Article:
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What's Up Sheepdogs? Ryan here with Tampa Carry.
I know this sounds crazy, but flying with a firearm is not only legal but it's also easy if you follow the steps found in this guide.
How to Fly With a Gun in 3 Steps
Step 1: The Federal Law
First you need to understand the TSA's policy for transporting a firearm on an airplane. The firearm must be unloaded and placed into a hard plastic or metal case that cannot be easily pried open.
The case must be locked with a combination or key lock. It's also important to note that you must have locks for each place your gun case allows them.
Firearm magazines, loaded or unloaded, and ammunition must be included with the hard case containing your unloaded firearm. Section 49 of the Code of Federal Regulations 175.10 states that the ammunition must be packed in the original packaging, or it must be in a case specifically designed to hold ammunition.
Surprisingly, you can travel with up to 11 pounds of ammunition. I'm not sure why or how they came up with that number, but that's the rule.
Step 2: Your Airline's Policy
Second you need to research the firearm transportation policies for your airline.
Sometimes your airline's policies will be stricter than the TSA guidelines.
I also recommend that you print a copy of the TSA's firearm transportation policy and your airline's policy before heading to the airport.
I have heard countless stories of airline workers not understanding their policies and calling airport police when someone declares that they have a firearm in their luggage.
Here you can view the American Airlines firearms policy
Step 3: Laws of Your Final Destination
Finally, you need to research the firearm and ammunition laws of your final destination.
If you have a Florida concealed weapons permit and you're traveling to a reciprocal state, you know that the process will be easy.
However, if your final destination is not a reciprocal state, you need to exercise a lot of caution. California, Illinois, New York, New Jersey, Connecticut, and Massachusetts have some of the strictest firearms laws in the nation and love to issue weapon violation fines.
Whichever state you're traveling to, make sure you complete your research. Don't wing it; you need to know the laws before your trip begins. If you're traveling outside of the United States, you must research the firearm importation laws of the country you’re going to visit, as well as the U.S. Customs and Border Protection guidelines for the temporary exportation of a firearm.
Understanding The Process
When you arrive at the airport, you must immediately declare your firearm to your airline or TSA personnel, whichever comes first.
The way I do this is by asking for a firearms declaration card. This is a subtle way of informing the individual that I have a firearm. You want to avoid saying something like "I have a gun.” This could cause confusion.
Once you declare your firearm and receive your boarding pass, you will be escorted to a TSA inspection area where one of two things will happen.
Either a TSA agent will run your bag through a metal detector and give you the all-clear or the TSA agent will request your keys to unlock and physically inspect your firearm. They will run chemical swabs and ensure the firearm is being transported according to federal law. Once the inspection is complete, you will be free to leave.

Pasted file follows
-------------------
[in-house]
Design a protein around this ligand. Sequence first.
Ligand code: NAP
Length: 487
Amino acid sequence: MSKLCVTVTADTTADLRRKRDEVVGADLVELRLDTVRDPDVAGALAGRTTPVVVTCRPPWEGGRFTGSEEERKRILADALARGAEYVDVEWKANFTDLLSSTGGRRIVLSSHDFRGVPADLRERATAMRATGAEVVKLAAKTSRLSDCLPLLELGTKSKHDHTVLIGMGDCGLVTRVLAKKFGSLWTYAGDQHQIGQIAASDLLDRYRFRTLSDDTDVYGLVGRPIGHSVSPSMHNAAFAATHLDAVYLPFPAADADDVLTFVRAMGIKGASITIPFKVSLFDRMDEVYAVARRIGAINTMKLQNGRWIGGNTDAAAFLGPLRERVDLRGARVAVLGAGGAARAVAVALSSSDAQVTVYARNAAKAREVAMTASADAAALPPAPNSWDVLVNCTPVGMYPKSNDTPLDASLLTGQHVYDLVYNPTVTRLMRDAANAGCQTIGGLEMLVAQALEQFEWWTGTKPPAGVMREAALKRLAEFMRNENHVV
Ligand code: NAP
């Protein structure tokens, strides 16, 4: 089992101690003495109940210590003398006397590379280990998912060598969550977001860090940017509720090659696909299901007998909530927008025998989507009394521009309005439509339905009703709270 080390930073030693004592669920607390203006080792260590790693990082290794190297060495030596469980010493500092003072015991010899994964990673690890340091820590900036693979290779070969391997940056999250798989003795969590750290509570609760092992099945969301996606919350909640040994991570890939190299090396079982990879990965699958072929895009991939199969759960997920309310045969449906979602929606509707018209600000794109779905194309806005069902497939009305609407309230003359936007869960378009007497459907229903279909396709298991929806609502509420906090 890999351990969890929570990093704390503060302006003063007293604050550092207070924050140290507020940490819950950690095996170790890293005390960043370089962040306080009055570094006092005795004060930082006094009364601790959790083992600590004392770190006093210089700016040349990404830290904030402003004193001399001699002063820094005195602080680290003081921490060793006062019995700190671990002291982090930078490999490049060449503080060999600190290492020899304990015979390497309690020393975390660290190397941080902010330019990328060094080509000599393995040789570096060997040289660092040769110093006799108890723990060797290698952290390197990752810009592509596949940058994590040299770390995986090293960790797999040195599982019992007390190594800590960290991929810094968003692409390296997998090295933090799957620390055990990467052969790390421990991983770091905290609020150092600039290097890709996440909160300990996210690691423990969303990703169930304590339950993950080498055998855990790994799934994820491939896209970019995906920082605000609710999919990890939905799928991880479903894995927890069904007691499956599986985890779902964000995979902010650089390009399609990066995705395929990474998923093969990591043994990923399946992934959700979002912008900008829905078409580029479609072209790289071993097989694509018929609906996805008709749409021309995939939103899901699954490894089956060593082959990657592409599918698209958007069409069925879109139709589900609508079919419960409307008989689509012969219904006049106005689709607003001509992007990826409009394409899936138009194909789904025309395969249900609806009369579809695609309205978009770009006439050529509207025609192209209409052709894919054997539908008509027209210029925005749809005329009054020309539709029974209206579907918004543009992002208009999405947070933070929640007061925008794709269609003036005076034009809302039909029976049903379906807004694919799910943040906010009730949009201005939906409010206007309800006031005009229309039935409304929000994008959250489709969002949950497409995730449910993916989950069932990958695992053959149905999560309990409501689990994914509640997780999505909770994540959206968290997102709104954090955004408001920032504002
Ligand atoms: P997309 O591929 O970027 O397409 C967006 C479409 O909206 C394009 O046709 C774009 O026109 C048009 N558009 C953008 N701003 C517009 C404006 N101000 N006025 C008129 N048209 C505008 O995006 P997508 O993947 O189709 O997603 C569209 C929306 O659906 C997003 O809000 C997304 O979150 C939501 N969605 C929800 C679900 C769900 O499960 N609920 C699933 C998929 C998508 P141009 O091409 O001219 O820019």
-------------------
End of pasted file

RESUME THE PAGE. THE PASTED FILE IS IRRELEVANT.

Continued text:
I'm sure you can understand it's important to give yourself extra time so you don't miss your flight. After your flight, you will pick up your luggage from the baggage service office of your airline. Here they will verify your ID and release the firearm to you. All in all, the process is pretty simple if you're prepared.
As you're planning for your trip, it's imperative to research the firearm laws for each state you will enter. Thankfully, there are several websites available to assist you with this.
NRA-LIA.com - This is the NRA's legal website. It provides an overview of firearm laws, but the information is not very detailed.
HandgunLaw.us - This is a private website that provides detailed information on firearm law. The site is of inferior quality, but the data appears to be good.
Research You Must Complete
Here is a list of questions you must find the answers to before entering a new state:
What are the requirements for transporting a firearm through this state?
Is my firearm lawful to possess in this state?
Is hollow-point ammunition allowed in this state?
In what places am I prohibited from carrying concealed?
Can I carry in a restaurant that serves alcohol?
What are the state requirements if stopped by the police?
What firearms or weapons can I lawfully carry concealed?
What are the laws on the use of deadly force?
Do I have to obey "no guns allowed" signs at a business?
If traveling with multiple firearms, how do non-concealed firearms need to be stored in my vehicle?
Does this state have a “stand your ground” provision? What are the rules?
Does this state have a castle doctrine? What are the rules?
Does this state have a retreat rule?
Does this state have a preemption law?
Flying with a firearm is extremely easy and legal if you follow the three steps outlined in this article.
First, you need to understand the federal law
Second, you need to research your airlines policy
Finally, you need to understand the laws of your final destination
As most of you know I carry my firearm 100% of the time I am legally allowed to and this includes when I travel...
That's all I have for today. So until next time keep training and stay safe...Talk to you soon,
Ryan G. Thomas
P.S. You’re one step away from getting your Florida concealed carry permit….FAST & EASY…
And for a limited time you can watch the concealed carry course online for free... Click here to get started...